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Clinical Review Evidence based cardiology

Prevention of congestive heart failure and management of asymptomatic left ventricular dysfunction

BMJ 1999; 318 doi: (Published 22 May 1999) Cite this as: BMJ 1999;318:1400
  1. R S McKelvie (, career scientist, Ontario Ministry of Healtha,
  2. C R Benedict, director of heart failure programmeb,
  3. S Yusuf, career investigator, Medical Research Council of Canadaa
  1. a Department of Medicine, Division of Cardiology, McMaster University, Hamilton Health Sciences Corporation-General Division, 237 Barton Street East, Hamilton, ON, Canada L8L 2X2
  2. b Division of Cardiology, University of Texas, Health Sciences Centre, 6431 Fannin, Houston, TX 77030, USA
  1. Correspondence to: Dr R S McKelvie

    This is the second of four articles

    The epidemiology of heart failure has been studied largely among symptomatic individuals because identification of these patients is based on clinical criteria and does not require measuring left ventricular function.1 However, identifying people who are at high risk of heart failure could lead to the implementation of strategies that could potentially prevent heart failure and improve prognosis. This article reviews the prevalence of left ventricular dysfunction, the management of asymptomatic left ventricular dysfunction, and the prevention of heart failure.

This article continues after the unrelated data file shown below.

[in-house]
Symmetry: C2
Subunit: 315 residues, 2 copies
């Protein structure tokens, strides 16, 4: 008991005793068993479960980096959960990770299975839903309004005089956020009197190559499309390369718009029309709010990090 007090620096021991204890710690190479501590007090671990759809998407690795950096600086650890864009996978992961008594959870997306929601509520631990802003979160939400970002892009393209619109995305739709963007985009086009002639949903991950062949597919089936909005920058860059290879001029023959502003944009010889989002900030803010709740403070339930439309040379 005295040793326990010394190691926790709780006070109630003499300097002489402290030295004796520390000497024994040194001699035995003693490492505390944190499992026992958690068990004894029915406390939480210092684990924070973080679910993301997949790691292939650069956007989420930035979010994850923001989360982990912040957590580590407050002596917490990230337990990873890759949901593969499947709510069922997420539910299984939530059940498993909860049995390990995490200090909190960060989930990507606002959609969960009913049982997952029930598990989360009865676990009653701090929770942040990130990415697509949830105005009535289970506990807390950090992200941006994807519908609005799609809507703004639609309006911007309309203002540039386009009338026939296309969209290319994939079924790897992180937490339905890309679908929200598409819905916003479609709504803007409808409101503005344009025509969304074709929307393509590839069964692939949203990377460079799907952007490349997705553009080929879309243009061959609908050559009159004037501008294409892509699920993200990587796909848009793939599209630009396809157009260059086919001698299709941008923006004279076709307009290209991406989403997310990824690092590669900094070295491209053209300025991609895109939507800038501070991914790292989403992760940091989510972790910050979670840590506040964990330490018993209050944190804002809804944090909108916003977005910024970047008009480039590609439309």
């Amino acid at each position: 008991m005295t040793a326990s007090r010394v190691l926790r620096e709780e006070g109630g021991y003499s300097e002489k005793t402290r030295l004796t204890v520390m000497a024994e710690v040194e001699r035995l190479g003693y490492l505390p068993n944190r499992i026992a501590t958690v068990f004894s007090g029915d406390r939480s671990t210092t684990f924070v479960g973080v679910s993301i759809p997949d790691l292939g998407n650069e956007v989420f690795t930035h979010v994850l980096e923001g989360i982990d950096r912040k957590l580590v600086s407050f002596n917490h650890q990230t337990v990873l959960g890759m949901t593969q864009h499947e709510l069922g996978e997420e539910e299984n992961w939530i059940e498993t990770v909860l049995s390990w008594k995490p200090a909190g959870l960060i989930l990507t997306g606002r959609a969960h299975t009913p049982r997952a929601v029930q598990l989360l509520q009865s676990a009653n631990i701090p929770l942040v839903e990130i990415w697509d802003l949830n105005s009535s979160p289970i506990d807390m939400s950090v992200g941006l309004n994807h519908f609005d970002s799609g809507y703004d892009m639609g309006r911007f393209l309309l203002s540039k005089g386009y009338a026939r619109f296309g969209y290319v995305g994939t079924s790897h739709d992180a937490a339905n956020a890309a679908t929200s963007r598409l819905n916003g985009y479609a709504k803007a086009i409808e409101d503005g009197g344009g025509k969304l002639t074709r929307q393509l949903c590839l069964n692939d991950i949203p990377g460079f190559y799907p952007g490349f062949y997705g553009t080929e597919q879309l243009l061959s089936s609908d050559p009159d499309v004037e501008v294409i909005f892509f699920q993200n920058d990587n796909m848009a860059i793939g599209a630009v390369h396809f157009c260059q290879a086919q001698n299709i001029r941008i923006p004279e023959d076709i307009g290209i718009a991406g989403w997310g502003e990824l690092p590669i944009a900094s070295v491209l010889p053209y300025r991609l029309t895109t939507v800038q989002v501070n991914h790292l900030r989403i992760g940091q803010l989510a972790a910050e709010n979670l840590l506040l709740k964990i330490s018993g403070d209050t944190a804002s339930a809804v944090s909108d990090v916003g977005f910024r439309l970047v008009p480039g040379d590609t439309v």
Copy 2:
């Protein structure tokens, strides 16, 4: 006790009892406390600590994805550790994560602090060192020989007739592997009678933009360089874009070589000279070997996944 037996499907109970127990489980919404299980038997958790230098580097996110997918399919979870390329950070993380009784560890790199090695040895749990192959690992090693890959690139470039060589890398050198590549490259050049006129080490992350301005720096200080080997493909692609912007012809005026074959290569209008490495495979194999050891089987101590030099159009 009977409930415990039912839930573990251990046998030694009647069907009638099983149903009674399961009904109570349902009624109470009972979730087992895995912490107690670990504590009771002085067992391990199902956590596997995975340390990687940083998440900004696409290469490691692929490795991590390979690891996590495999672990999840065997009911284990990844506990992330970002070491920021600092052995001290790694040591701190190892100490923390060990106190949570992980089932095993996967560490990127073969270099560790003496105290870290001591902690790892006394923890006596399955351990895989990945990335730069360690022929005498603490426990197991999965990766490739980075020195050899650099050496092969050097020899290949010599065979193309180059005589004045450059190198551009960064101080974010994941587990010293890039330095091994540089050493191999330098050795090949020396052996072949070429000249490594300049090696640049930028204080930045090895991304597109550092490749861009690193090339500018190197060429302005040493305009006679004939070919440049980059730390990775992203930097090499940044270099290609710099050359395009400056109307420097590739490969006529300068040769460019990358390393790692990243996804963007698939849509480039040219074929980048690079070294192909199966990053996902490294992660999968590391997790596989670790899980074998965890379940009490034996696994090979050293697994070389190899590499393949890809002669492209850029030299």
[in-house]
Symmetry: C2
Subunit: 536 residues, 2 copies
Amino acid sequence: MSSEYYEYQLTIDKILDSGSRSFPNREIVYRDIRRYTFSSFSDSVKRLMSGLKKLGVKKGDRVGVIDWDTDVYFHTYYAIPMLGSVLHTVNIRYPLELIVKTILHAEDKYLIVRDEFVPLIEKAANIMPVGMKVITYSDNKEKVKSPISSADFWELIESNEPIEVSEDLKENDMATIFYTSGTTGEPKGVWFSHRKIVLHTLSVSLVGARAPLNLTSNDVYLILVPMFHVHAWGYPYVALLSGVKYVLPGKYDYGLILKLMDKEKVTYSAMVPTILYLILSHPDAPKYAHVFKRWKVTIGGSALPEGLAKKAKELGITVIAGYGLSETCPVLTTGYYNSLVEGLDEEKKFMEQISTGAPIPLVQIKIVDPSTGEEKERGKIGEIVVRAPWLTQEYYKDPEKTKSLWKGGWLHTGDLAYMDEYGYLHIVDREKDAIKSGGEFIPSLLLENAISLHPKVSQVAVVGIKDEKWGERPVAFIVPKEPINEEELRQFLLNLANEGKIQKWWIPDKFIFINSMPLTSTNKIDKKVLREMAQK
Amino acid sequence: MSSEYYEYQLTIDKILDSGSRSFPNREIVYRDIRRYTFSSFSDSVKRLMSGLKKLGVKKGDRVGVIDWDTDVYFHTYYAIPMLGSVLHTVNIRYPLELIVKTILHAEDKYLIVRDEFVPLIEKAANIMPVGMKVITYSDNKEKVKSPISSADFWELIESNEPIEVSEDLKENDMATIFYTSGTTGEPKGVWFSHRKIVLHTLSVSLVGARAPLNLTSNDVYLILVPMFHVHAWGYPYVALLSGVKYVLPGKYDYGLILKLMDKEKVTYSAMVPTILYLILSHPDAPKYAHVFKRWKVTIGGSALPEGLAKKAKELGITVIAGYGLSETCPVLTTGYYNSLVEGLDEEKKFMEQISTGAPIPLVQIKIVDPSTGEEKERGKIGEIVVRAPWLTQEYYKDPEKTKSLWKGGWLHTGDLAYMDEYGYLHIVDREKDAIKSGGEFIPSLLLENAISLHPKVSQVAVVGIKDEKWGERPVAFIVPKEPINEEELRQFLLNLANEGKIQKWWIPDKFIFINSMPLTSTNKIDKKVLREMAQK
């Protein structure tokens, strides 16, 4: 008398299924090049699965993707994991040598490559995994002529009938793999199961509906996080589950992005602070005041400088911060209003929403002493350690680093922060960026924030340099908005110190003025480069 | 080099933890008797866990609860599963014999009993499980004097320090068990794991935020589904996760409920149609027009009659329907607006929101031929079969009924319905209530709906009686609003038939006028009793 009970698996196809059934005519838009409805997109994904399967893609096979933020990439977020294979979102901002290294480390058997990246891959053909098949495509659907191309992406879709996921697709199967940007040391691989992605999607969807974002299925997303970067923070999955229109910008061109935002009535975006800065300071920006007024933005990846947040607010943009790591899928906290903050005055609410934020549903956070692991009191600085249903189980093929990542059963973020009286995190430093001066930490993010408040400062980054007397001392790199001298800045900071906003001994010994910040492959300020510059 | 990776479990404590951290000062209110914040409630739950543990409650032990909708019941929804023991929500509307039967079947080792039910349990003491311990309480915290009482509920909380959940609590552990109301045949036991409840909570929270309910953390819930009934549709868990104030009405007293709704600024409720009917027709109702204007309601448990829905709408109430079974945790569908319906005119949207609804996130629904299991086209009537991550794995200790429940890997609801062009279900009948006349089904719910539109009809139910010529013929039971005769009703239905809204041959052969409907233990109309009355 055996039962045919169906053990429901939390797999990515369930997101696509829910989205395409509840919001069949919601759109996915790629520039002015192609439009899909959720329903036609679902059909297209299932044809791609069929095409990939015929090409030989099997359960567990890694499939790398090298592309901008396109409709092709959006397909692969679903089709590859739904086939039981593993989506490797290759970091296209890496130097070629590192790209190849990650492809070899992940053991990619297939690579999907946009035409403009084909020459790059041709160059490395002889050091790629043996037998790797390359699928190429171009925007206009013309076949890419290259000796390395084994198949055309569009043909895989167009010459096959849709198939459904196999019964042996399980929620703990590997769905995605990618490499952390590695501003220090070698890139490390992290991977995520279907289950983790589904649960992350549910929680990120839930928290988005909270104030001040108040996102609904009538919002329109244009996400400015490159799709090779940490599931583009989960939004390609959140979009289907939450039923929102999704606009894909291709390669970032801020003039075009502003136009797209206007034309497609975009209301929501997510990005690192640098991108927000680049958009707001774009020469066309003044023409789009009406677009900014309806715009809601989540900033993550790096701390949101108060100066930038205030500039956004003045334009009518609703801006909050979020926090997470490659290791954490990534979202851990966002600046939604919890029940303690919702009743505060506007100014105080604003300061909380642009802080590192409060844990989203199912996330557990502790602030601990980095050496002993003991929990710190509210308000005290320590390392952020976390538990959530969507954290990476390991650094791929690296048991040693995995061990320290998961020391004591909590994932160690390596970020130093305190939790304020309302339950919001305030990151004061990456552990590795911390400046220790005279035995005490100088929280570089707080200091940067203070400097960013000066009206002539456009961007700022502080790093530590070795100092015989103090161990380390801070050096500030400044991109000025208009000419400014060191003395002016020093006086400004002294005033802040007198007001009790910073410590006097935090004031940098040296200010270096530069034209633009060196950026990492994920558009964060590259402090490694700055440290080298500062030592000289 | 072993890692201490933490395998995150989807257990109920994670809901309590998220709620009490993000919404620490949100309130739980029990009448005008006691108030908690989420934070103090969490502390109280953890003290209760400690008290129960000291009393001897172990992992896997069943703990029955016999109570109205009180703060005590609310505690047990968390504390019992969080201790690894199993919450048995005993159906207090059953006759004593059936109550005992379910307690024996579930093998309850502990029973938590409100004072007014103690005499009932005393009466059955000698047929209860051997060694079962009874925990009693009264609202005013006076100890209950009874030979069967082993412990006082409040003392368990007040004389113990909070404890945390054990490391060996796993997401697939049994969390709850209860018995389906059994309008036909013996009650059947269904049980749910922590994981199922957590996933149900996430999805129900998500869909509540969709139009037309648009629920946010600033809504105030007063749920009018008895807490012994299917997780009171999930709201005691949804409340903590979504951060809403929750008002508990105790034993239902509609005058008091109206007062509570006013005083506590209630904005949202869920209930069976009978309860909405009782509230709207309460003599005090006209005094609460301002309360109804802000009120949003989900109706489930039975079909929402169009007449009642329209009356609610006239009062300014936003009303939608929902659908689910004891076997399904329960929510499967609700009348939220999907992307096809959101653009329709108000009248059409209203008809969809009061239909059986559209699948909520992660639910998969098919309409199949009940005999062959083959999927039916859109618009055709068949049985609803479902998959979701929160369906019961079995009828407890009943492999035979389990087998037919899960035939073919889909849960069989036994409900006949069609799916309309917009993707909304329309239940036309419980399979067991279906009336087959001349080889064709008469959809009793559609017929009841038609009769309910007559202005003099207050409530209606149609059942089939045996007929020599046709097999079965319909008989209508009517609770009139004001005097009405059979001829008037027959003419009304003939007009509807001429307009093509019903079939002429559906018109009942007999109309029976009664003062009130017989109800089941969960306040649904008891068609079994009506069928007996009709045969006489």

Summary points

    • Asymptomatic left ventricular dysfunction seems to be common

    • Risk factors for the development of heart failure exist and may be used to determine those patients at greatest risk of left ventricular dysfunction

    • Aggressive control of these risk factors is important

    • Although screening of people at high risk may be of value, at this time it cannot be justified

    Prevalence of left ventricular dysfunction

    The data on the prevalence of asymptomatic left ventricular dysfunction are limited, even though treatment of patients with this condition may be expected to improve their outcome.23 In 1992 McDonagh et al measured ejection fraction in 1467 people during a survey of coronary risk factors.3 The mean ejection fraction was 47% among people defined as not having cardiovascular disease, and 34% was two standard deviations below the mean. Of the 2.9% with an ejection fraction of 30%, half had no symptoms. The frequency of both left ventricular dysfunction and symptoms was greater in older age groups, increasing sharply up to the age of 45 and less sharply thereafter (table 1). Of the 7.7% with an ejection fraction of 35%, 77% were asymptomatic. Of those with definite left ventricular dysfunction (table 1), the proportion with symptoms increased with age. The group with left ventricular dysfunction had a greater prevalence of ischaemic heart …

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